diversi-, divers-, divert-

(Latin: different, separate, opposite; literally, turned away [from each other])

Directly related to the large vers-, vert- family of words.

1. The number and variety of organisms in a given locality, community, or ecosystem at a given time.
2. In different contexts it may denote: the number of different species present in a given environment (species diversity); the genetic diversity within a species (genetic diversity); the number of different ecosystems present in a given environment (ecological diversity).

High biodiversity is typical of complex and highly productive ecosystems; such as, tropical rain forests, where a small area can contain many different species of animals, plants, and other organisms.

Biodiversity is often used as an indicator of the health of such ecosystems.

diverse (adjective), more diverse, most diverse
1. Made up of distinct characteristics, qualities, or elements; for example, consisting of many differing parts, topics, or subjects: The students in Jaden's psychology class presented several diverse explanations about how people think.
2. Very different or distinct from one another: Henry was someone who had many diverse interests and activities.
3. Composed of many ethnic, as well as socioeconomic and gender, groups: The large city had a very diverse population, including people from each continent in the world.
4. Etymology: associated with Latin diversus, "turned different ways" and since about 1700, restricted to the meaning "different in character or quality".
Dissimilar, diversified, or different.
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diversifiable (adjective)
diversify (verb), diversifies; diversified; diversifying
1. To distribute (investments) among different companies or securities in order to limit losses in the event of a fall in a particular market or industry.
2. To become more varied or to make something more varied.
3. To expand into new areas of business, or to expand a commercial organization into new areas of manufactured products, crops, etc.
diversiloquent, diversiloquence
Speaking in different ways.
diversion (di VUHR zhuhn, di VUHR shuhn, digh VUHR zhuhn) (s) (noun), diversions (pl)
1. An action that takes another person's attention away from something else: The rainbow in the sky was a beautiful diversion for the children while their parents were driving on the highway.
2. A change in the purpose or the use of something from what was intended or from what it was previously: While she was baking in the kitchen, Sarah saw a package of chocolate chips that became a welcome diversion of the kind of cookies she was thinking about baking; which was, chocolate chip instead of peanut butter.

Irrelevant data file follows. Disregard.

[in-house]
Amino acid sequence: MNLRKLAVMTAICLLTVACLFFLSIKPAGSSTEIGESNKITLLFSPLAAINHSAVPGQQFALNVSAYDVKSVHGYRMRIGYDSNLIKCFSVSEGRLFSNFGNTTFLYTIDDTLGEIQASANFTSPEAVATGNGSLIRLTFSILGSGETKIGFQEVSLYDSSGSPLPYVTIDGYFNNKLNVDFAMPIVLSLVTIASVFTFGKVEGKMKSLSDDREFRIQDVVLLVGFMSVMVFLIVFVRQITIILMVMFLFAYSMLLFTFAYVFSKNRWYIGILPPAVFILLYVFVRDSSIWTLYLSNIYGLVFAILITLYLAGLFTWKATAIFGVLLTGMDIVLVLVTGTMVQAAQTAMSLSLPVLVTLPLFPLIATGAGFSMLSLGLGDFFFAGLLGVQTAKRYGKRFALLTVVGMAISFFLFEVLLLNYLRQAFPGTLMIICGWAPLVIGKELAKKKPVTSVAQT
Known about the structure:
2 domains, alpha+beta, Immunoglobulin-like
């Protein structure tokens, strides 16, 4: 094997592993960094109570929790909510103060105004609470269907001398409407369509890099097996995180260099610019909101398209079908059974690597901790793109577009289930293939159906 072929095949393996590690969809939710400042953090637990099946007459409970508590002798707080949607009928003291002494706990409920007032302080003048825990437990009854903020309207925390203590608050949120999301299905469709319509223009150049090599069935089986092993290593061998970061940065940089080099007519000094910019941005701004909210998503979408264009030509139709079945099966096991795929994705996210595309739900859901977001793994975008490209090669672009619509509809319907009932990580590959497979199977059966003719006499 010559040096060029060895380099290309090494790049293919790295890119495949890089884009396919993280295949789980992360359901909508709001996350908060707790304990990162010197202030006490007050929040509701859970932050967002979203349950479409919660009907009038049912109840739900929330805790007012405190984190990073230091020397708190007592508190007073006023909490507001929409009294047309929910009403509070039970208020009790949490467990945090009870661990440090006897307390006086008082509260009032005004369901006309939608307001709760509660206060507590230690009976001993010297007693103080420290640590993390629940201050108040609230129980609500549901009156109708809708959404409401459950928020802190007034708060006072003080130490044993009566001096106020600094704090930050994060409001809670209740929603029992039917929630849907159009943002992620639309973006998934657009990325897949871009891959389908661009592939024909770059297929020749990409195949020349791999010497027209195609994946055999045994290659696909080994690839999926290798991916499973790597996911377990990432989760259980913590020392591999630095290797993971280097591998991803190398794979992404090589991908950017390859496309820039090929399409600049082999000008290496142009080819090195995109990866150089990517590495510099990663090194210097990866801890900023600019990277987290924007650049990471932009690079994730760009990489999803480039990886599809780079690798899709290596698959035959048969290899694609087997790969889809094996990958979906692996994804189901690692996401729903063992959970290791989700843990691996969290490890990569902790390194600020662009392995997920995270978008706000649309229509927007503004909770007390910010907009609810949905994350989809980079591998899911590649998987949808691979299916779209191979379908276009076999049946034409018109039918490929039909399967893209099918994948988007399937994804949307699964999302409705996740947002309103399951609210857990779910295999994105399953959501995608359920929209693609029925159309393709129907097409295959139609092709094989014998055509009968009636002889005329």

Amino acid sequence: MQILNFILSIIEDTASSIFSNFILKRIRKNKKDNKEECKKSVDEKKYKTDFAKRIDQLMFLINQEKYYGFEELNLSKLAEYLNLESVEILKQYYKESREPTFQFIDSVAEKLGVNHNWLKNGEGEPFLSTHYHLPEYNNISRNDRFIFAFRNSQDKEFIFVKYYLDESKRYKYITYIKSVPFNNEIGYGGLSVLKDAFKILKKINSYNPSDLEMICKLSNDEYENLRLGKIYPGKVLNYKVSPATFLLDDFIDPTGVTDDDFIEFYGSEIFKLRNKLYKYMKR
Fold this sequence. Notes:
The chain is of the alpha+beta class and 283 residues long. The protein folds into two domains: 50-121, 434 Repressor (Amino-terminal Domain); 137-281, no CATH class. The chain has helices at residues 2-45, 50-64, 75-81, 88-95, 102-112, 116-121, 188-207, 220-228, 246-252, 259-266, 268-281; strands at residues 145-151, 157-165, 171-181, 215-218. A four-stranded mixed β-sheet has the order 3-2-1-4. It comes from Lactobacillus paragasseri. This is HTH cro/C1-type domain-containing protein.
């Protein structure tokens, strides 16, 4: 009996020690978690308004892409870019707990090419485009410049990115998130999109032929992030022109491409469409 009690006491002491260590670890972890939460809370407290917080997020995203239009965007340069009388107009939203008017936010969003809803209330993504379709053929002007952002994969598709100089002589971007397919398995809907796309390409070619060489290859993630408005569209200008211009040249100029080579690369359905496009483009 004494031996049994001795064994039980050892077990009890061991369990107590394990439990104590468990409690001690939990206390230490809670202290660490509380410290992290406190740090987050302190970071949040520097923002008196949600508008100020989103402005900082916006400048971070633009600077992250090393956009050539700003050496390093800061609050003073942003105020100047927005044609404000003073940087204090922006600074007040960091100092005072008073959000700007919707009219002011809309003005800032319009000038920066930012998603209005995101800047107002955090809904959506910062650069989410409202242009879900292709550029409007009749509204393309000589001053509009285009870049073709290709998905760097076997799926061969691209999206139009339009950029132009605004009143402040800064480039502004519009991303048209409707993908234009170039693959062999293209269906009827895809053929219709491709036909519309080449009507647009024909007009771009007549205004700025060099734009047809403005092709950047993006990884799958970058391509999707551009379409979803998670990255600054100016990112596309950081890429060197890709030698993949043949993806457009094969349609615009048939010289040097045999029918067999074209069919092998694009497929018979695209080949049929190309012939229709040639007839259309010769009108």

3. A change in the direction or the path of something: The rock slide in the mountains caused a diversion of traffic along the nearby highway.
4. An activity or interest that takes a person's mind off more routine or serious things: Jason joined a golf club as a diversion from the pressures of his work at the bank.
5. An action aimed at distracting the attentionĀ of others from the place of an intendedĀ destination: When the children were playing hide and seek in the park, Elaine tossed a stone into the bushes to create a noisy diversion while she ran to hide behind a park bench.
6. Etymology: from Middle French diversion, from Late Latin diversionem, diversio and from Latin divertere, "in different directions"; blended with devertere, "to turn aside,"; from dis-, "aside" and de-, "from" + vertere, "to turn".
Going in a different direction or turning away from a set course into a different direction.
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1. A variety of something; such as, opinion, color, or style: "We live in a country with great cultural diversity."
2. Ethnic variety, as well as socioeconomic and gender variety, in a group, a society, or an institution; such as, working in a society committed to diversity.
3. Discrepancy, variety, multiformity, or a difference from what is considered to be normal or expected.
diversivolent (adjective)
Desiring strife or differences.
1. To change the route or path taken by something; such as, traffic, traveling, or a river.
2. To take someone's mind off something and to draw attention to something else.
3. To change the purpose or use of something from what it was previously.
4. To entertain by distracting attention from worrisome thoughts or cares; to amuse or to entertain someone or yourself.
5. Etymology: from Middle French divertir, from Latin divertere, "in different directions"; blended with devertere, "to turn aside" from dis-, "aside" and de-, "from" + vertere, "to turn".
Plural of diverticulum.
Relating to a diverticulum.

Inter-related cross references involving word units meaning "bend, curve, turn": diverticul-; flect-, flex-; gyro-; meand-; -plex; streph-; stroph-; tors-; tropo-; verg-; vers-; volv-.